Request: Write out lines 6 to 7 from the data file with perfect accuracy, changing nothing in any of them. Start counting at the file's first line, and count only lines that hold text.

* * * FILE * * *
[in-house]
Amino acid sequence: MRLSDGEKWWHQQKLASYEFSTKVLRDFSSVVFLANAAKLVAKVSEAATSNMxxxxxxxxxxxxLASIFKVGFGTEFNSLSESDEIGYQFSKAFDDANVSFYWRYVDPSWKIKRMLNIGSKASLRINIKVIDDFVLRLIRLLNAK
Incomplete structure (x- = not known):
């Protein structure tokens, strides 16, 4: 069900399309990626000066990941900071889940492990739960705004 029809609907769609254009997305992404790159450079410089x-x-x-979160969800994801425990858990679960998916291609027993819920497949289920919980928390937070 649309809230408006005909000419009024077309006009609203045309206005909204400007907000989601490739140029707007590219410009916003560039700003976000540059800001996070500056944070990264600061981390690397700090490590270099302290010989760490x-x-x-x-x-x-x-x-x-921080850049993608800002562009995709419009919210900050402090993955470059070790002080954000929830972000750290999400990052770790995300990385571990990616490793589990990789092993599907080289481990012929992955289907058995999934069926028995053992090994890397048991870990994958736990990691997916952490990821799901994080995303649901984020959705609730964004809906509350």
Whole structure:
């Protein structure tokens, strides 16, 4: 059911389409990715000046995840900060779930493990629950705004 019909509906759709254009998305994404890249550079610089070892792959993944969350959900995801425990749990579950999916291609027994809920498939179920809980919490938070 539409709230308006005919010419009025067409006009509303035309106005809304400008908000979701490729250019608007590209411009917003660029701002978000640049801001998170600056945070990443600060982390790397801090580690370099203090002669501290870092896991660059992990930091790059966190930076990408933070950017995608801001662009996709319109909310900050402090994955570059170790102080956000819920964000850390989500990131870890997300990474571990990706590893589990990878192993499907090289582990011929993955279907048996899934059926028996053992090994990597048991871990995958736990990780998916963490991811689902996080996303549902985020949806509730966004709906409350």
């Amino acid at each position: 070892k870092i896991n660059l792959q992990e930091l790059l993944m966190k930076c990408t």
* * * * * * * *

């Protein structure tokens, strides 16, 4: 059911389409990715000046995840900060779930493990629950705004 019909509906759709254009998305994404890249550079610089070892792959993944969350959900995801425990749990579950999916291609027994809920498939179920809980919490938070 539409709230308006005919010419009025067409006009509303035309106005809304400008908000979701490729250019608007590209411009917003660029701002978000640049801001998170600056945070990443600060982390790397801090580690370099203090002669501290870092896991660059992990930091790059966190930076990408933070950017995608801001662009996709319109909310900050402090994955570059170790102080956000819920964000850390989500990131870890997300990474571990990706590893589990990878192993499907090289582990011929993955279907048996899934059926028996053992090994990597048991871990995958736990990780998916963490991811689902996080996303549902985020949806509730966004709906409350």
């Amino acid at each position: 070892k870092i896991n660059l792959q992990e930091l790059l993944m966190k930076c990408t």